Making a Difference
2:30am now as I write this after a night out with the boys in one of my favorite cities, Toronto, Canada. Confession: I have had a few cocktails and then a few more to top it off as I write this. I wanted to write this as it was fresh in my mind, despite my mind possibly being a bit cloudy at the moment:
Had a cab drop me off at my hotel and noticed a street vendor selling hotdogs and the like. Most of you have likely experienced the kind of hunger you feel after a night of drinking, and how good of an idea a street meat hotdog sounds like! Being a vegan myself, I was happy to find that this vendor offered a veggie dog. I happily ordered two and smothered them in ketchup, mustard, and plenty of pickles.
There was a park bench right next to the vendor, three park benches actually, and I promptly sat down on the bench and gorged on one of my guilty pleasures. I noticed that two benches down laid a homeless man with a long gray beard peacefully sleeping. I don’t know this mans story, how he got there, who he was, but as I munched on this awesome meal I pondered about this fellow human being and what got him to where he was. What struggles he may have faced, what losses or abuse he may have dealt with. That thought process led me towards compassion for him.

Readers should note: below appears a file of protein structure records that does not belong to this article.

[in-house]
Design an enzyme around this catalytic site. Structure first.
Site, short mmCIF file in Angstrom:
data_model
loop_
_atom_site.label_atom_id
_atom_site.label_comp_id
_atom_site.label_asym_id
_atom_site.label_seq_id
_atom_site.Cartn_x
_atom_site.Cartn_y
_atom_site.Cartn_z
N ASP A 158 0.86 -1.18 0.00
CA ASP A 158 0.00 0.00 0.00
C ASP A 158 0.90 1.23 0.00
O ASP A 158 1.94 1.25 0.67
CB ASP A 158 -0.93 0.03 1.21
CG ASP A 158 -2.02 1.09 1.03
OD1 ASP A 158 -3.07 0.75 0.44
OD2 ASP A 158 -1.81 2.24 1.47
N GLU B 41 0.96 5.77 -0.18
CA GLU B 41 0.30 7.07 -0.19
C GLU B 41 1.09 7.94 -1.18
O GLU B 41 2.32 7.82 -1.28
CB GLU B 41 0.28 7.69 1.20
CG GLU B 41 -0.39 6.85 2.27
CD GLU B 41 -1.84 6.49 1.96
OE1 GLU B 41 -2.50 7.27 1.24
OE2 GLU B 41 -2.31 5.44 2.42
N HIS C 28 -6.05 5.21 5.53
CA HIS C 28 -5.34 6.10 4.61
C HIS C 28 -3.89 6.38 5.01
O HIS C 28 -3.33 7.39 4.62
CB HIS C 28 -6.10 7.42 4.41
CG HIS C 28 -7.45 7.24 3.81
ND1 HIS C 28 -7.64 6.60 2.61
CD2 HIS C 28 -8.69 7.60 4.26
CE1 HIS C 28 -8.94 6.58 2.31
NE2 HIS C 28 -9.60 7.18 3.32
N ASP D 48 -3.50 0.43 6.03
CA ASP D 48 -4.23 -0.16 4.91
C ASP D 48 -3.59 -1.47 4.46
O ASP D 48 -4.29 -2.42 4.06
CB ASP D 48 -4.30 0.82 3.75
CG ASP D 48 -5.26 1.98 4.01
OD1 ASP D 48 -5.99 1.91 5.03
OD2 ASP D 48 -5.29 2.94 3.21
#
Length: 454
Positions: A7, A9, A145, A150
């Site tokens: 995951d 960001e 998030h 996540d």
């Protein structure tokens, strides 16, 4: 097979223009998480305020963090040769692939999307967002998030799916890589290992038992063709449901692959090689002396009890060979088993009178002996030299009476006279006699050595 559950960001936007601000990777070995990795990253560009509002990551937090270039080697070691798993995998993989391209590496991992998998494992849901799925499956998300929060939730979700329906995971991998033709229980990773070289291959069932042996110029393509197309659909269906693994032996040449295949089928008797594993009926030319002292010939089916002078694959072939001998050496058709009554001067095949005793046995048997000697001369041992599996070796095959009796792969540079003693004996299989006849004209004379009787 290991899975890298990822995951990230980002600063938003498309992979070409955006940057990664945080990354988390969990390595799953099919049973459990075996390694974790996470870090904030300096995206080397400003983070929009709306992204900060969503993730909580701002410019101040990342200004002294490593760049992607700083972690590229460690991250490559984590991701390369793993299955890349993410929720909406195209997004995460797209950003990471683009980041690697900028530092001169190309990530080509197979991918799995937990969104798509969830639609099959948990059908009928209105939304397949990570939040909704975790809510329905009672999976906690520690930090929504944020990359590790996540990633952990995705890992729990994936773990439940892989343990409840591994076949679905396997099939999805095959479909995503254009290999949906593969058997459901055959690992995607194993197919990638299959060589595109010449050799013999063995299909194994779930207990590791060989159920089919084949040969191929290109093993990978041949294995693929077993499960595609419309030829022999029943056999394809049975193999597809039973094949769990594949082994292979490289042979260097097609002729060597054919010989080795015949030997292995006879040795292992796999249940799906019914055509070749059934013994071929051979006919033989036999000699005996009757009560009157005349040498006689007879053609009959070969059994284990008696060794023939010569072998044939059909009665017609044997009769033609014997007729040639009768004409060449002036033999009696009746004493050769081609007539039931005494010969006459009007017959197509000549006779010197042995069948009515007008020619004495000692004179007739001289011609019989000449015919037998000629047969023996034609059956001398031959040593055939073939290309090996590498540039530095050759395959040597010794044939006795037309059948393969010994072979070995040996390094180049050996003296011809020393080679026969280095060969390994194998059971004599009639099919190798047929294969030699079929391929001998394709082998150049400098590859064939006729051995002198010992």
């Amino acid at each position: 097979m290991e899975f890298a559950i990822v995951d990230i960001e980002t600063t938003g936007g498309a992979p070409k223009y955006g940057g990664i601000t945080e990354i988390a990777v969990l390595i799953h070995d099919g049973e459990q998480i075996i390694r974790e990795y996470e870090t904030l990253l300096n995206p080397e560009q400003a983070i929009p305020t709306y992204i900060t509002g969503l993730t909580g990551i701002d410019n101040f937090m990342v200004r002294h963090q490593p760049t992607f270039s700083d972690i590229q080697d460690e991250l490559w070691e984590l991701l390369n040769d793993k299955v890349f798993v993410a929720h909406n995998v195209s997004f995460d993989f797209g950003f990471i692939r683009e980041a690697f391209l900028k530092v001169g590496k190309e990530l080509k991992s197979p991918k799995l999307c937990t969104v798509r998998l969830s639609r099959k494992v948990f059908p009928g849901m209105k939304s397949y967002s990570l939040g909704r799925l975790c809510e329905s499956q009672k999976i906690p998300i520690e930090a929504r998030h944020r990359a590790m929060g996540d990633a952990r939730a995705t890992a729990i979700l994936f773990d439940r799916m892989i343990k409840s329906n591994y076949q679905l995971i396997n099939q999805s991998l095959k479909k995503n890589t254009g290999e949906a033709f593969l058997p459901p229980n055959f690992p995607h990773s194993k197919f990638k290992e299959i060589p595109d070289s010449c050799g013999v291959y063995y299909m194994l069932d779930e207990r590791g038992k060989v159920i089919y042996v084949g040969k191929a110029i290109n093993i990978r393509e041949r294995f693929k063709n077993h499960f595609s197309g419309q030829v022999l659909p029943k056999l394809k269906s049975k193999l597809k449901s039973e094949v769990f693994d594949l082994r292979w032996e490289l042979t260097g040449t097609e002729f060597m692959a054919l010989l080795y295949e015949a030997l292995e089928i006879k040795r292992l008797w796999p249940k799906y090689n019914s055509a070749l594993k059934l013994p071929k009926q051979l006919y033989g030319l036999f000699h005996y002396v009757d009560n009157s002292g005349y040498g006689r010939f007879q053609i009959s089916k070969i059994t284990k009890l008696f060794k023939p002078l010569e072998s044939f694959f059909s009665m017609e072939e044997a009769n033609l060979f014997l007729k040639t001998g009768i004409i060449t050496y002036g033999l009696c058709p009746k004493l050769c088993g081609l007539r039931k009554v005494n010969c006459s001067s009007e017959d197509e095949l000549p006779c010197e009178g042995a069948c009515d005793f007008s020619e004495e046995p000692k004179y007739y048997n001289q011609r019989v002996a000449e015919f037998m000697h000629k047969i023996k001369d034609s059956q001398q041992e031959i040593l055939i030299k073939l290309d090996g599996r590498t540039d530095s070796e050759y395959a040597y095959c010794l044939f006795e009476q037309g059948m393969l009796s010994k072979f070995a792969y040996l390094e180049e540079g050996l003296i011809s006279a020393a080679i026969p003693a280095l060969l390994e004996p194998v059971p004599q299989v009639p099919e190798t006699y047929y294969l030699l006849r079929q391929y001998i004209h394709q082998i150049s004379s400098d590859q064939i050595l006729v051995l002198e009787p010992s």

As I was sitting there alone in thought, two girls sat down on the bench in between us to enjoy their own hungover meal. I had already thought about what kind of a difference I wanted to make for this man, but when these two girls sat down, I thought about the situation in a bigger way.
People who do charitable acts and talk about them publicly are either applauded, or vilified as attention whores only seeking to be seen in a good light. I’m sure some of you reading this blog may feel that way right now and I’m fully aware of that. There will always be naysayers, but they don’t stop me from being public about making a difference because I feel like there is a deeper value in that. A bigger game if you will.
Sure, there is something noble about giving without anyone else seeing the act, but does that mean there is evil in giving with the hopes of inspiring others to give as well? I don’t think so. Recently, led by a group of young German poker players with a conscious for living a bigger life, one that consists of more than just using their talent to beat people out of money at the poker table, have started an initiative called REG- short for Raising for Effective Giving REG
I applaud their efforts to make a difference on a bigger scale, and all those that either use their personal wealth, celebrity, or influence to make a difference in a public way.
So let’s get back to me on the street at 2:30am eating a delicious veggie dog alongside two young girls and what I presumed to be a homeless man. As I said, I’d already been thinking about how I could make a difference for this man. Buy him a hotdog and leave it by his side when he awoke? Or maybe leave a few bucks in the bag he laid on while he slept, when a bigger game dawned on me. Here is what I chose to do:
The man was asleep and the difference I made for him isn’t something I’d likely see with my own eyes, but what would be a bigger game? What if I could make a difference for the two girls on the bench beside him? How could I do that?